My Lords, I thank my noble friend Lady Quin for initiating this debate, and for the characteristically powerful way in which she set out the importance of the arts in regional regeneration. She made a compelling case, drawn from her own experiences, the themes of which have found resonance from all around this Chamber this evening.
I welcome the Minister to his role and look forward to his response. I hope that he will be able to give some reassurance that the future policy of arts in the regions will be an improvement on our experience of the coalition’s record over the first half of its term of office.
At a time when our economy is stagnating, and business leaders vent their frustration at the Government’s lack of a growth strategy, investment in regional regeneration ought to be an obvious priority. It makes sense in helping to tackle the growing disparity between rich and poor, and between those in work and the unemployed, which holds back our recovery. We know, for example, that since May 2010 the number of long-term unemployed has risen by 60% across the UK as a whole, but by 83% in Yorkshire and 123% in the north-east. Similar disparities exist for youth unemployment. Meanwhile, figures for individual and business insolvency also show disturbing patterns, with the north suffering more than the national average.
Unfortunately, the current Government do not appear to have a coherent regional strategy. They were all too quick to scrap the regional development agencies when they came to power, but the local enterprise partnerships put in their place have limited scope and have been widely criticised for failing to distribute grants and loans effectively. Incidentally, I would be interested to hear from the Minister what proportion of LEP funds have been used to support the creative industries.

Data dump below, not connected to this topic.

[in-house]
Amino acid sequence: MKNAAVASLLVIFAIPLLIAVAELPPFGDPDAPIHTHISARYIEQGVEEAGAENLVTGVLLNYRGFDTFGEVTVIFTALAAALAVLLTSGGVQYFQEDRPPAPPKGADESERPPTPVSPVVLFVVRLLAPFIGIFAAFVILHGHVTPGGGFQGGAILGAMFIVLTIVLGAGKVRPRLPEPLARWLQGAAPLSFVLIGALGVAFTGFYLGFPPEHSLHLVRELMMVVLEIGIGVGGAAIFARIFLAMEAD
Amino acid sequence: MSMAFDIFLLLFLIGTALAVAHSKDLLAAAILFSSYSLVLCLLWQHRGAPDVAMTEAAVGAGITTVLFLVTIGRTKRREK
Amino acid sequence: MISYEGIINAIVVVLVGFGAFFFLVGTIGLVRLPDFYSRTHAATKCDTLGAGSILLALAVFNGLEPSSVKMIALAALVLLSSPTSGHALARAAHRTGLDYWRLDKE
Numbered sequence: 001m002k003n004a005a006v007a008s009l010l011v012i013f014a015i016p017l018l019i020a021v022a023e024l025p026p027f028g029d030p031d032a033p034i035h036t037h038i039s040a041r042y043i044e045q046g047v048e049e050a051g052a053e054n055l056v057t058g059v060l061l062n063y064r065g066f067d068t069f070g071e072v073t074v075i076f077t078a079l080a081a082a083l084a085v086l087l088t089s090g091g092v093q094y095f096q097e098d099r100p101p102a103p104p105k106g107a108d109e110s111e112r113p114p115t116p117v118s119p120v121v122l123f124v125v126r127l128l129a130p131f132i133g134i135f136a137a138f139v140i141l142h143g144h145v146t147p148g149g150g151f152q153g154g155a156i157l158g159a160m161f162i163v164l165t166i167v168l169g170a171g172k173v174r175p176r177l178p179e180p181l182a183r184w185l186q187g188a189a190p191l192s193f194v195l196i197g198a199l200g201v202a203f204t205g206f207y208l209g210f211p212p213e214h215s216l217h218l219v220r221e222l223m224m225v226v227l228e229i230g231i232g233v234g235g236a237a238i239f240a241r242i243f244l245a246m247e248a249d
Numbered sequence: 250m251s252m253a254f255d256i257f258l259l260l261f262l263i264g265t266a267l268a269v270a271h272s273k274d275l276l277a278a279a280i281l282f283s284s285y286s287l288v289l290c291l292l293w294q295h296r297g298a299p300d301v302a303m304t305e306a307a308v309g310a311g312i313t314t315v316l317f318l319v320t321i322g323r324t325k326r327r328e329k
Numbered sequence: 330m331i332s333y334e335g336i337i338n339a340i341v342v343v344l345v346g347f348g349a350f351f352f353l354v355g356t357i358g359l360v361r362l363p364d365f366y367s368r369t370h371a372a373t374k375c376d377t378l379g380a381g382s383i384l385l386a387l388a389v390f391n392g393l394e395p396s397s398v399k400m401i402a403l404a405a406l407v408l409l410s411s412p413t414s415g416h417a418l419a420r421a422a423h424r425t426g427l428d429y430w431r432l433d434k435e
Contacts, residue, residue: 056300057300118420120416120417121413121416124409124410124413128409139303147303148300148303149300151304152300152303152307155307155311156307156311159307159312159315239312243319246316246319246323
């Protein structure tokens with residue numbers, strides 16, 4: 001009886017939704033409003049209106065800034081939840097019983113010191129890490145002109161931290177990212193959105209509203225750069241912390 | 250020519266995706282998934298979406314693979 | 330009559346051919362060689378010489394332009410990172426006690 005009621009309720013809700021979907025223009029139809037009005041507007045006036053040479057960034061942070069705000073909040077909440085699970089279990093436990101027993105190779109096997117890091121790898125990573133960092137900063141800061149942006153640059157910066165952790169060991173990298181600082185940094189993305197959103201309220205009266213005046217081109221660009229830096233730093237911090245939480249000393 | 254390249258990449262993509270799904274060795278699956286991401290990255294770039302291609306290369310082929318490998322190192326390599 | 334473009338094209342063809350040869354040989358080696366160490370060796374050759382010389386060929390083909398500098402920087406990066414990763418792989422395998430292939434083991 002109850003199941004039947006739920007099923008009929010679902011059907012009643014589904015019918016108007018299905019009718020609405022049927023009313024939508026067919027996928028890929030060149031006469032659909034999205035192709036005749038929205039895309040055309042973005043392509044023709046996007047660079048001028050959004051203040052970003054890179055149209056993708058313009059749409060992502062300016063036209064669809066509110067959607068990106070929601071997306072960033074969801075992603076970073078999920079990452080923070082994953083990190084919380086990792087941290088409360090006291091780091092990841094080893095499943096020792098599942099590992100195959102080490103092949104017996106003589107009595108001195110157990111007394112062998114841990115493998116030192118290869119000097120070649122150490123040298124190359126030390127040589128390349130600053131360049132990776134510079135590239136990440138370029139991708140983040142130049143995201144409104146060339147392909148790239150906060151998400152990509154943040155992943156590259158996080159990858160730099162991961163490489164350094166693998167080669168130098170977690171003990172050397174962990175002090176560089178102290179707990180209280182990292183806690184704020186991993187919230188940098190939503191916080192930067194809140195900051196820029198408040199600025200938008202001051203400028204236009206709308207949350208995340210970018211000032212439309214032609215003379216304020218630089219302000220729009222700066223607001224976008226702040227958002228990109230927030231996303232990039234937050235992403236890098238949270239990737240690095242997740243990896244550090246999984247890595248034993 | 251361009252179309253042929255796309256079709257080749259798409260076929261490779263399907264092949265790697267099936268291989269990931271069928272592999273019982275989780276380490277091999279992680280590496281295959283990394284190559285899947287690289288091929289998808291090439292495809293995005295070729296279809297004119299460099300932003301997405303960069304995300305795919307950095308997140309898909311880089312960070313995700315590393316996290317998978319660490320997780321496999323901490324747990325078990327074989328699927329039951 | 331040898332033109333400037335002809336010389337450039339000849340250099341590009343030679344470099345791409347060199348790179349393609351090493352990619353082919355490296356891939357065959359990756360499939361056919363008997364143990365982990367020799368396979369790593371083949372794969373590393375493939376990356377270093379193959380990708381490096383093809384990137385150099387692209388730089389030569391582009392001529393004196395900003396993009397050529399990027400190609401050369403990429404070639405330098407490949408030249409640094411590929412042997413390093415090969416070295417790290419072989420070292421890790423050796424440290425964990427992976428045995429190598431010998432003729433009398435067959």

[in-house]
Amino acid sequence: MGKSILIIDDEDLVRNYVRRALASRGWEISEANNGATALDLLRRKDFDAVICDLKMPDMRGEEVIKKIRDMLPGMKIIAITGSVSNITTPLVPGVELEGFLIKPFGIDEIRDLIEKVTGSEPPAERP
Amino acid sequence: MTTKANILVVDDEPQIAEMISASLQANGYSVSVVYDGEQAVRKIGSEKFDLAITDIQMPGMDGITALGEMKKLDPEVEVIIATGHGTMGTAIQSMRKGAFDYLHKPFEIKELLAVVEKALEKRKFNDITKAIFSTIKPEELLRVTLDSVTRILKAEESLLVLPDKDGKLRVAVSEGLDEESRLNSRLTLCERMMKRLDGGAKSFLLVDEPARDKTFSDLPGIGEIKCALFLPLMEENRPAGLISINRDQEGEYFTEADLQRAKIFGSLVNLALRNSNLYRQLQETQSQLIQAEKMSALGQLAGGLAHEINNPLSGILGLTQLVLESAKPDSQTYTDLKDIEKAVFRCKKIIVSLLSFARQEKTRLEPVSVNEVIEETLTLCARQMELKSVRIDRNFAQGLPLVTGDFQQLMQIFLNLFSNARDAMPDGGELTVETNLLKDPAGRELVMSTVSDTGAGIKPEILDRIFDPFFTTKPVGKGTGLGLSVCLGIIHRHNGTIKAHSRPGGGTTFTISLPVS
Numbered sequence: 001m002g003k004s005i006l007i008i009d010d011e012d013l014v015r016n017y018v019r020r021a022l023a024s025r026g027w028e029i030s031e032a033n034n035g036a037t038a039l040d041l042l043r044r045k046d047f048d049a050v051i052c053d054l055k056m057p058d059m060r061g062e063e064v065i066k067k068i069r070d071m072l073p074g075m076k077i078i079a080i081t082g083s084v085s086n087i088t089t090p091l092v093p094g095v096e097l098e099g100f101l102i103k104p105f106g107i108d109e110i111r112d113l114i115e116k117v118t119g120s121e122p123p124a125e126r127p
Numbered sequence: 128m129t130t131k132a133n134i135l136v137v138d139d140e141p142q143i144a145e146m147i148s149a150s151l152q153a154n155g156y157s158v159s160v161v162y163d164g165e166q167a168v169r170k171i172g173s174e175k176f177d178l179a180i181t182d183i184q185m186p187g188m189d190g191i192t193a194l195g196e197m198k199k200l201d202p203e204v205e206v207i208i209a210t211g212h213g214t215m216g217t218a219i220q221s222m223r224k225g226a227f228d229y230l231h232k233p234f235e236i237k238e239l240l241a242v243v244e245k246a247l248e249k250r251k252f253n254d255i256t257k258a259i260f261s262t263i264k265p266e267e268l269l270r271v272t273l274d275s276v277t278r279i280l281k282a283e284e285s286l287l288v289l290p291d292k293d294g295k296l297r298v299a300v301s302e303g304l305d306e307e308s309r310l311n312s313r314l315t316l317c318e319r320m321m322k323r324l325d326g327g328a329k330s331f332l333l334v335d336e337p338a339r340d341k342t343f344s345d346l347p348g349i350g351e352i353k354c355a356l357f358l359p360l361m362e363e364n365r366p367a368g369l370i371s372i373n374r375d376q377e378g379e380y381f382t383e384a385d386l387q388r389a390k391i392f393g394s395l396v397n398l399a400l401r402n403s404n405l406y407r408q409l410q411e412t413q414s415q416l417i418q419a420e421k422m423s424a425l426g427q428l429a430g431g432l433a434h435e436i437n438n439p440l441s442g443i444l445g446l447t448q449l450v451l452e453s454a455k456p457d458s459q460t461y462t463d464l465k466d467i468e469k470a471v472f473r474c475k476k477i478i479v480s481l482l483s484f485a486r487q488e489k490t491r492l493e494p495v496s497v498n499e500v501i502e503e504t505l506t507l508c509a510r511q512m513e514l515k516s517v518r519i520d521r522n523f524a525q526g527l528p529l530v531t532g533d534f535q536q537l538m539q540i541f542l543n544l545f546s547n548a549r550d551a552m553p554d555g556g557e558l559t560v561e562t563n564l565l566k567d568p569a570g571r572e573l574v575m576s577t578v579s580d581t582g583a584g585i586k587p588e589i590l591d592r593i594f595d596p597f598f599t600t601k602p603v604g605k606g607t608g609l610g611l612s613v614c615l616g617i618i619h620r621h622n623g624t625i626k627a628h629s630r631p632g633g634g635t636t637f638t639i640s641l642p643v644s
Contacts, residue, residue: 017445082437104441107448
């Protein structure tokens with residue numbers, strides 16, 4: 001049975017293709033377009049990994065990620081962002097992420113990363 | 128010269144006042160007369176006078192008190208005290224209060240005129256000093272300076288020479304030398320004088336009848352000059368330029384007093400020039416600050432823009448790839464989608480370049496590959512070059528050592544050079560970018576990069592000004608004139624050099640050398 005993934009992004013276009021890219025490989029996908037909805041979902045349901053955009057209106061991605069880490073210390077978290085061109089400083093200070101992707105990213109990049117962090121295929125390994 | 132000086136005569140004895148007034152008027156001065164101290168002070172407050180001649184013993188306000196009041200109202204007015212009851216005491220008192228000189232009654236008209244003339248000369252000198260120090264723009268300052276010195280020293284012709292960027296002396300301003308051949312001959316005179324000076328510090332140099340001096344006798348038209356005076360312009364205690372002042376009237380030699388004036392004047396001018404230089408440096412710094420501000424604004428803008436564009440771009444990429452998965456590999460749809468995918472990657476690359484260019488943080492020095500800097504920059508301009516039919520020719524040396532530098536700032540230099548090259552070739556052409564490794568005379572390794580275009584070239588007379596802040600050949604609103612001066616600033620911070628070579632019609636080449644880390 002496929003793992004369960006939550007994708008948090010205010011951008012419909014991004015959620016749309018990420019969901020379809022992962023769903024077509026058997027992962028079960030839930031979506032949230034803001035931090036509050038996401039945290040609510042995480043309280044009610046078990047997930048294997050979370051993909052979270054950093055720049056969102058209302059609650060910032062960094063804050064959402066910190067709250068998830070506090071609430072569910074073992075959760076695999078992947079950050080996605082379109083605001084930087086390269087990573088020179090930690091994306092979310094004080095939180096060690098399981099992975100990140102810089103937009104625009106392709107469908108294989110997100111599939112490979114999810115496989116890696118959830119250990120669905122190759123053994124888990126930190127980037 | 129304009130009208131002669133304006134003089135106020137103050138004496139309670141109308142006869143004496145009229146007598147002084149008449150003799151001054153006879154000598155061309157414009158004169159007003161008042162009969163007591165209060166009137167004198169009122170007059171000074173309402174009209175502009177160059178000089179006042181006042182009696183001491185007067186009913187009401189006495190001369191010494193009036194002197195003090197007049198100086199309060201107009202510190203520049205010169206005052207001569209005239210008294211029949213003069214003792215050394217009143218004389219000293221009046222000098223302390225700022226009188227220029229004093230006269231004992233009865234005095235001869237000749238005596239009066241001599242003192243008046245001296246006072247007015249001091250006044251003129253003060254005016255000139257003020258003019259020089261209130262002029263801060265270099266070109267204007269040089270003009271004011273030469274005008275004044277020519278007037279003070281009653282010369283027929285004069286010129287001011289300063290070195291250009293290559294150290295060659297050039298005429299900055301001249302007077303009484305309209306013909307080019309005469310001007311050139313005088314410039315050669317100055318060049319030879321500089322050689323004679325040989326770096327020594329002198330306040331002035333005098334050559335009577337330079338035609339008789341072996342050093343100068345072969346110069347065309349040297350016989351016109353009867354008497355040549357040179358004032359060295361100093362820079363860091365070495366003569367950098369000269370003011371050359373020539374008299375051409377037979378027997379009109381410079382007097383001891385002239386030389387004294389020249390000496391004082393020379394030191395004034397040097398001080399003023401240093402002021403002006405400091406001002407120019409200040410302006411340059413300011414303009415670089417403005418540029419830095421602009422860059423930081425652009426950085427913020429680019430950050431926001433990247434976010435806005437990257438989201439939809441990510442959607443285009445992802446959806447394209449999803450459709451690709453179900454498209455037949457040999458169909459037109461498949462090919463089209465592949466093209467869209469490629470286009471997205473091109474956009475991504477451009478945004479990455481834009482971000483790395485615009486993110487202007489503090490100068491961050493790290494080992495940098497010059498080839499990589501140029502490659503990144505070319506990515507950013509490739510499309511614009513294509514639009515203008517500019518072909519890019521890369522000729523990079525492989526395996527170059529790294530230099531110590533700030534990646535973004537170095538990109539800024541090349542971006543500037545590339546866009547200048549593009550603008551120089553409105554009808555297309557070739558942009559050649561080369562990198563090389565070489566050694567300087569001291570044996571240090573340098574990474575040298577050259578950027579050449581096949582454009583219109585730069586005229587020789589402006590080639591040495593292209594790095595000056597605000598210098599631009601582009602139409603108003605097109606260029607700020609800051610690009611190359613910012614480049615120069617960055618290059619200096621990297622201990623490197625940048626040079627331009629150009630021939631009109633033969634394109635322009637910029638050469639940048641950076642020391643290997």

The lack of a regional strategy was confirmed recently by a government-commissioned report by the noble Lord, Lord Heseltine, No Stone Unturned in Pursuit of Growth. It is a searing indictment of the Government’s lack of understanding that the impetus for growth, based on new ideas and enterprise, will be driven not from the centre but from communities, cities and regions.
These same criticisms equally apply to the Government’s arts policy. The Government give every impression that, at the time of austerity, culture is expendable. We take the opposite view. Culture is not a fluffy add-on. Culture and tourism account for 7% of the UK economy, providing more than 3.5 million jobs; with a spread throughout the UK.